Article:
The project was triggered when a consortium of journalists gained access to a leak of more than 50,000 phone numbers allegedly entered into a system used for targeting by Pegasus. The list makes for interesting reading, not least because it identifies the governments that are likely to be assiduous users of Pegasus. They include Mexico, Azerbaijan, Kazakhstan, Hungary, India, Saudi Arabia, the UAE and — interestingly — Rwanda.
Until now, NSO’s activities seemed unstoppable: In a Westphalian world of sovereign states that can do what they like, if your home government gives you a license to export, then you are in business. However, recently, three things have changed.
First, and most importantly, there are new administrations at the helm in Israel and the US. If US President Joe Biden decided that NSO’s activities have suddenly become unacceptable, then a serious phone call to the Israeli prime minister might have an effect. Second, Apple is mightily pissed off about having its iPhones compromised and it has more technical clout than even NSO hackers. And finally, the Amnesty project has suddenly brought NSO, blinking, out of the shadows and into the light.
Some good might come of this.
John Naughton is professor of the public understanding of technology at the Open University.
Local media reported earlier this month that the Chinese Nationalist Party (KMT) criticized President Tsai Ing-wen (蔡英文) for referring to China as a “neighboring country,” saying that this is no different from a “two-state” model and that it amounts to changing the cross-strait “status quo.” I find it quite impossible to understand why civilized Taiwan continues to tolerate the existence of such a deceitful group that believes its own lies. The relationship between Taiwan and China is the relationship between two countries, and neither has any jurisdiction over the other — this is the undeniable “status quo.” Those who believe in the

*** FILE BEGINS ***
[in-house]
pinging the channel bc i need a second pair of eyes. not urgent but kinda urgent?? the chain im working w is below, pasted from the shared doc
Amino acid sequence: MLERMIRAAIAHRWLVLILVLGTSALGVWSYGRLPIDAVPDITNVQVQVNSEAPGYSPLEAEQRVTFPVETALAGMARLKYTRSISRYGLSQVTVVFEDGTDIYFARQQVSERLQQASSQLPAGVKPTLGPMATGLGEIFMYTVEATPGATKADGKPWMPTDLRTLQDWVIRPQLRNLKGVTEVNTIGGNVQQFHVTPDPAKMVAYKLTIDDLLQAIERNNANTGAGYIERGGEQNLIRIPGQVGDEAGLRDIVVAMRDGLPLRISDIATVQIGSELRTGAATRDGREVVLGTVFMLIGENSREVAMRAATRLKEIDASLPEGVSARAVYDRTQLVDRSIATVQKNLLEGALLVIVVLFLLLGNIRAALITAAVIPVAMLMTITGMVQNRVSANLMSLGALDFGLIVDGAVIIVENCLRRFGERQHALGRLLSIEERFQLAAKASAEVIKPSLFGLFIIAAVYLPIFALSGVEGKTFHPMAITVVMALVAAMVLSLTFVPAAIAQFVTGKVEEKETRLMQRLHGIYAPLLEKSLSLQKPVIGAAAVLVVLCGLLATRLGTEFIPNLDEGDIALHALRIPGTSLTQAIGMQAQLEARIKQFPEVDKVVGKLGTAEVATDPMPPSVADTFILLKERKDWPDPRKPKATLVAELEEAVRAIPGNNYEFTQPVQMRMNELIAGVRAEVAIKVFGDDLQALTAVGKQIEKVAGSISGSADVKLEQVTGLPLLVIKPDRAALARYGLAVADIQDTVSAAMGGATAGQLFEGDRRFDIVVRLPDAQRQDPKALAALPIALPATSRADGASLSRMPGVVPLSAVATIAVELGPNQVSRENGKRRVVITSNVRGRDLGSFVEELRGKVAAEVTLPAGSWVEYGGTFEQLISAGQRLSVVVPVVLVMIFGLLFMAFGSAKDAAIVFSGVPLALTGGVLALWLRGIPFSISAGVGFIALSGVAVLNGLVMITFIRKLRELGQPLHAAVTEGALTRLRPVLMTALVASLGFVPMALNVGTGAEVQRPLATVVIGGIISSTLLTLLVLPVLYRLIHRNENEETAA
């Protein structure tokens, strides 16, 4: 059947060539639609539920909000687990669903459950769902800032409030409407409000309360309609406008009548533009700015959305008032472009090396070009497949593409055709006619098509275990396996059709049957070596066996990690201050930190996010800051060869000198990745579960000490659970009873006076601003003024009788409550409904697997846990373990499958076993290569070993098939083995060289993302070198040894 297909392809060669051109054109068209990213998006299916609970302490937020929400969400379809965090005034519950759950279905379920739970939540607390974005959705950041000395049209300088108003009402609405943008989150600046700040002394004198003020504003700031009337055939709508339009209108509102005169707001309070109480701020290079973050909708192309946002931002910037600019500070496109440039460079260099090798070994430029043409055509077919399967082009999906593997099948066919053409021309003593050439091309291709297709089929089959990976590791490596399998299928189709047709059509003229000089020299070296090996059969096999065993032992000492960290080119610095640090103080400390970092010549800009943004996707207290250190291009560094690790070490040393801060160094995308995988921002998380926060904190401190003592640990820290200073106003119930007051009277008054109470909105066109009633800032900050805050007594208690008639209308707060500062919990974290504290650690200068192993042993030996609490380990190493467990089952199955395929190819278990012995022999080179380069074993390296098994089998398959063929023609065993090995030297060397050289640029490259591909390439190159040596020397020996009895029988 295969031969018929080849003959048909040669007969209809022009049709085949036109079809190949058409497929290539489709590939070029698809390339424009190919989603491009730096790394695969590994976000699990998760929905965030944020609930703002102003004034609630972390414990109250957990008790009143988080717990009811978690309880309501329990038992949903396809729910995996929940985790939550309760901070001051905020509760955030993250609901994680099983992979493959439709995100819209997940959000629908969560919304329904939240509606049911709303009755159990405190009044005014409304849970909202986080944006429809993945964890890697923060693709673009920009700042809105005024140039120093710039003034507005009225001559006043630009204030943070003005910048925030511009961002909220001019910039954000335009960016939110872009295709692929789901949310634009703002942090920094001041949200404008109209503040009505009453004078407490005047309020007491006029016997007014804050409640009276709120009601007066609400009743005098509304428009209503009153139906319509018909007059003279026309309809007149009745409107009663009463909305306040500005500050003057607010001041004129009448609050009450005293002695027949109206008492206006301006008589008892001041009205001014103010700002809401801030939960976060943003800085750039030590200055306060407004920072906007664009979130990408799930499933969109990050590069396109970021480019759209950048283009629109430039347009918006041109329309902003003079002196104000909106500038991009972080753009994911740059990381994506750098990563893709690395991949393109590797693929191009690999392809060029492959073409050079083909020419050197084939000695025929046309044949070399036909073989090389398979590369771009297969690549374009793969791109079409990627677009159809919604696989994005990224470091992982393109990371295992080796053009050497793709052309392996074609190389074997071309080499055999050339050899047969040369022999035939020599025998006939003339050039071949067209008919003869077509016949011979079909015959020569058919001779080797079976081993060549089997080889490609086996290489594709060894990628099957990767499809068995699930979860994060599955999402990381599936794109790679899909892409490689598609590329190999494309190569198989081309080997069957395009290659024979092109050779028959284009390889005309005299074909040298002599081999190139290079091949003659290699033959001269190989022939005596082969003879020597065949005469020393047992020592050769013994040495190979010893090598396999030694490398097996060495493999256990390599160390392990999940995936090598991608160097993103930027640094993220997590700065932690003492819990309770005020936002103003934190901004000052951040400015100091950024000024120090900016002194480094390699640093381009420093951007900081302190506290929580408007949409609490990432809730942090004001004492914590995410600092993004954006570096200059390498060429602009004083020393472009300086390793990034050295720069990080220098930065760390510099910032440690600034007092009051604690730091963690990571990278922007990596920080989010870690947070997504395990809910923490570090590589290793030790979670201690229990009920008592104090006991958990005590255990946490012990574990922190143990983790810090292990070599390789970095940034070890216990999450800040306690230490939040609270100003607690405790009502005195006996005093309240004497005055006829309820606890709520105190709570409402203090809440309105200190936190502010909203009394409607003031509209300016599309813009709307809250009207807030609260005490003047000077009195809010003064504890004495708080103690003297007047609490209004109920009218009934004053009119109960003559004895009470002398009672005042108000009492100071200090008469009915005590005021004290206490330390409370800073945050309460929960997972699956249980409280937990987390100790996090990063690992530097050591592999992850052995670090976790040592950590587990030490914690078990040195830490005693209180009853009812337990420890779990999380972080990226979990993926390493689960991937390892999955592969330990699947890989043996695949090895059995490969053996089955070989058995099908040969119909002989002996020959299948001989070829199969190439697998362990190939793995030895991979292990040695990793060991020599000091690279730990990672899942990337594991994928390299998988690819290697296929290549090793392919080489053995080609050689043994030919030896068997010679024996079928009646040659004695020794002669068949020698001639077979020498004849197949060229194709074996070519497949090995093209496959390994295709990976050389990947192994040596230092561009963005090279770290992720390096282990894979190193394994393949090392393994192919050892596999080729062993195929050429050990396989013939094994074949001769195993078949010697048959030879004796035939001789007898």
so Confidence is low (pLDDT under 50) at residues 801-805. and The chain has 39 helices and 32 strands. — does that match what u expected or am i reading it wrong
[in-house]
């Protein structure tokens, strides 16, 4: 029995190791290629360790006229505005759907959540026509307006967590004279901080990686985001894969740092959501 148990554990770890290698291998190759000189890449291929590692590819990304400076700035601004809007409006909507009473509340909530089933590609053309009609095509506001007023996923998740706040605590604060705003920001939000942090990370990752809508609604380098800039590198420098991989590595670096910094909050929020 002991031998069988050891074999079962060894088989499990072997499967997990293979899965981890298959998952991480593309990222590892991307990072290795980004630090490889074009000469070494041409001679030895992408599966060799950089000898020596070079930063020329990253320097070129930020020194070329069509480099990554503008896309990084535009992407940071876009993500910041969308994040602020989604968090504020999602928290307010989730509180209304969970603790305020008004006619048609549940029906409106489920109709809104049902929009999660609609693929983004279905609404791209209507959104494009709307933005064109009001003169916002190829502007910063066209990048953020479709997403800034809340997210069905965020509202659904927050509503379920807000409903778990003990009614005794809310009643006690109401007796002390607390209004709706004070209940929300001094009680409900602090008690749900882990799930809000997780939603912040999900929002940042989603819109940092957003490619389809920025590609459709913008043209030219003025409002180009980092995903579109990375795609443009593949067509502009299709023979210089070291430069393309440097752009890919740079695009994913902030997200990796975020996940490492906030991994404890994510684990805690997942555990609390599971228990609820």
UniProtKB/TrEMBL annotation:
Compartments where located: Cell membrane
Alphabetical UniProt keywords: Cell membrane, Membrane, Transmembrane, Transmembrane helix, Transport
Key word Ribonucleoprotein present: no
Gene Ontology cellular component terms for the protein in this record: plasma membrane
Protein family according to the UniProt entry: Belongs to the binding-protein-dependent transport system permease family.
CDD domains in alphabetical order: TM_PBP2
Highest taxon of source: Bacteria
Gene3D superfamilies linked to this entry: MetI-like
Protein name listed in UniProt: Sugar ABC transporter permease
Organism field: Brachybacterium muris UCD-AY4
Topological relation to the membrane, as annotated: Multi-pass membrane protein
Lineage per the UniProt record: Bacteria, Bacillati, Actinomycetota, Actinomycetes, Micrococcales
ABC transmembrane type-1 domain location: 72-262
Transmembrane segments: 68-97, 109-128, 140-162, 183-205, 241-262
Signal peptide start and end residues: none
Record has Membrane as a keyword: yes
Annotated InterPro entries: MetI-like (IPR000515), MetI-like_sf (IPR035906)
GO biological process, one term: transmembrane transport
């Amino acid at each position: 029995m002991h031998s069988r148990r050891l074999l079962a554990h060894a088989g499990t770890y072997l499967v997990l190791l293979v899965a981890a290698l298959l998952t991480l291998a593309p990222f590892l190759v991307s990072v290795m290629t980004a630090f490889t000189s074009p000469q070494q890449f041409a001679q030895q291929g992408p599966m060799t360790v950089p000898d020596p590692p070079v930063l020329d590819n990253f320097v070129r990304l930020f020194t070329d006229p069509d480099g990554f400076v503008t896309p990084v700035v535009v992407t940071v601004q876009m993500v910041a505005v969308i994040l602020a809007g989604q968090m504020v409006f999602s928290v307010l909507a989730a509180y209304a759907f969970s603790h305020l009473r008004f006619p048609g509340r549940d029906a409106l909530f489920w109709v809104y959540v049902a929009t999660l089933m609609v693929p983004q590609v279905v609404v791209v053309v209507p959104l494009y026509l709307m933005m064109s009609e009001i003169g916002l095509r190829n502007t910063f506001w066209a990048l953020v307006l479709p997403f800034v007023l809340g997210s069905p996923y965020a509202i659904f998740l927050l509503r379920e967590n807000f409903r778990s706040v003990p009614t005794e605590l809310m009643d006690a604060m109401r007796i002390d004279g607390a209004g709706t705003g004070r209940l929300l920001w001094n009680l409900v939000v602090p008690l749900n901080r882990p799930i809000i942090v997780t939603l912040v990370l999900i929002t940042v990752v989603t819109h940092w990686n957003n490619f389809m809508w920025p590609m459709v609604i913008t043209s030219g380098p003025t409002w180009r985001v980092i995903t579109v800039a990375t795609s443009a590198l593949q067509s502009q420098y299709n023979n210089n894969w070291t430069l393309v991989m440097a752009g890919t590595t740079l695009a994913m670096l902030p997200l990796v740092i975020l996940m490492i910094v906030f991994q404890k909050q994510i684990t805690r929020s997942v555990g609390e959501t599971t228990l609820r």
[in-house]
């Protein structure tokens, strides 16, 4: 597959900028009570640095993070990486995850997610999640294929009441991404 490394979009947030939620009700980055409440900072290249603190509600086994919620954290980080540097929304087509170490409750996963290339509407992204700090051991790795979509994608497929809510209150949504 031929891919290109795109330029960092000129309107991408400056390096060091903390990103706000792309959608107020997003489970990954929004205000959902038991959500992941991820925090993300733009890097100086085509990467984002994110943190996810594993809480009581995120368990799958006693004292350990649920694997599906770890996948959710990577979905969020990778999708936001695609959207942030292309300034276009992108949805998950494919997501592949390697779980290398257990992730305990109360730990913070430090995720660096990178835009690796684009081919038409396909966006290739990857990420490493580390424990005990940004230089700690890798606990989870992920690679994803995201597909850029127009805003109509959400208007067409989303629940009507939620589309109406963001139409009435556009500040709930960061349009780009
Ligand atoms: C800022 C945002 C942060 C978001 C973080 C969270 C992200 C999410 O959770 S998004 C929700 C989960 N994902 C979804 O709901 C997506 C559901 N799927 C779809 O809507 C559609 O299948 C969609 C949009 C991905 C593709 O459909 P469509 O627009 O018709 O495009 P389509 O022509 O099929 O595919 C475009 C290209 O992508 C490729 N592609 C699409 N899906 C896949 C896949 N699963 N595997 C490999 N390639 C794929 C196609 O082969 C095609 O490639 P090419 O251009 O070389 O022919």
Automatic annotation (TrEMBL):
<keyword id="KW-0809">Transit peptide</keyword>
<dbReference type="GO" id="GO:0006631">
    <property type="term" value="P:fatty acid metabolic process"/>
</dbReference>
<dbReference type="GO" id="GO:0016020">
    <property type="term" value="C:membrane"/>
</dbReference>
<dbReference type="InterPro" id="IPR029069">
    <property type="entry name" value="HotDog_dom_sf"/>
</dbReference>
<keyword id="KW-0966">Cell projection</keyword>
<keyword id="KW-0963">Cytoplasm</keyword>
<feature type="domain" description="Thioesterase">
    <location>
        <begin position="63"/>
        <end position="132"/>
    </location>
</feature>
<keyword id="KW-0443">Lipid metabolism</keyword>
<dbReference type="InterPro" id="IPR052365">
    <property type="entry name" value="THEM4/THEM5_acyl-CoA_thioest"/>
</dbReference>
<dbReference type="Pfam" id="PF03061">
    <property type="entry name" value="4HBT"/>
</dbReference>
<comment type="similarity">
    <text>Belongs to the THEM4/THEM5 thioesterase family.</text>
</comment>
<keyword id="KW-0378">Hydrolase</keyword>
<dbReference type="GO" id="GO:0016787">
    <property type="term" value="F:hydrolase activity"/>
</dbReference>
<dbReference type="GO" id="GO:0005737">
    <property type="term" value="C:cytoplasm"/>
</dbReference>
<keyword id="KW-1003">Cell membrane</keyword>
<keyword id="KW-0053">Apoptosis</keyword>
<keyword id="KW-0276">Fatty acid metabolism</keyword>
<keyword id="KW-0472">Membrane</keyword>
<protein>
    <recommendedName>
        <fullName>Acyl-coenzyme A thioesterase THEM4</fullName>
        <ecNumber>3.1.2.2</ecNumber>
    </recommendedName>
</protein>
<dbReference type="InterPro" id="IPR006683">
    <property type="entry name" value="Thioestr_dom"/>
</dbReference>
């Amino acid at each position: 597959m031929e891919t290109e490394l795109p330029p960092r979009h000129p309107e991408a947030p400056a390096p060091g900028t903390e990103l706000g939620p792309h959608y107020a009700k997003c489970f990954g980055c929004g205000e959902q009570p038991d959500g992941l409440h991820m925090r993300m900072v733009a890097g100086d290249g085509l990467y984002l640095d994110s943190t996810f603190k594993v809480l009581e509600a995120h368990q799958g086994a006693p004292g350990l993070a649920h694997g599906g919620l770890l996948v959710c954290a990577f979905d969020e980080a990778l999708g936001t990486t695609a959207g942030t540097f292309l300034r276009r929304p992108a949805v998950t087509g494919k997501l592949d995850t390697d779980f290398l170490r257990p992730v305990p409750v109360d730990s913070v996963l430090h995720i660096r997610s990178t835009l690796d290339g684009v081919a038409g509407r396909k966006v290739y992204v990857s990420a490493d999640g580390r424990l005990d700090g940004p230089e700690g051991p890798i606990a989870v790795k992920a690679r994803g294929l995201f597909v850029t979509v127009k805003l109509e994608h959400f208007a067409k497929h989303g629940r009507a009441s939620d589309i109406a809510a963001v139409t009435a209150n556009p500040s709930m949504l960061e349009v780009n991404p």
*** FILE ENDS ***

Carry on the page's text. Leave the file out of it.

On Thursday, China applied to join the Comprehensive and Progressive Trans-Pacific Partnership (CPTPP) — a regional economic organization whose 11 member countries have a combined GDP of US$11 trillion. That is less than China’s 2019 GDP of US$14.34 trillion, so why is China so eager to join? China says there are two main reasons: To consolidate its foreign trade and foreign investment base, and to fast-track economic and trade relations between China and member countries of the CPTPP free-trade area. China’s bilateral trade with these countries grew from US$78 billion in 2003 to US$685.1 billion last year, mostly because of China’s 2005
US President Joe Biden and Chinese President Xi Jinping (習近平) talked on the telephone on Thursday last week, the first time the two leaders have done so since Biden assumed the presidency. While each side sought to put their own gloss on the content of the conversation, some common ground did emerge. Biden reportedly said that both sides have a joint responsibility to ensure that competition between the US and China does not spiral into conflict and that there is no reason that the two nations are destined to fall into this trap. The day after the phone call, the Financial Times reported
WASHINGTON [Special Commentary]: It is just a teensy-weensy change, a change of one little syllable. It is barely noticeable unless you’re watching really carefully: The Tai-“pei” Representative Office in Washington, D.C. (TECRO) could soon change its name — just ever so very slightly — to Tai-“wan” Representative Office. The office’s “TECRO” initials would remain the same. It will be only a symbolic change. London’s Financial Times reported last week that such a change may soon be coming. The timing was a bit awkward, though. The FT’s report came out on the very same day that Taiwan Foreign Minister Joseph Wu (吳釗燮)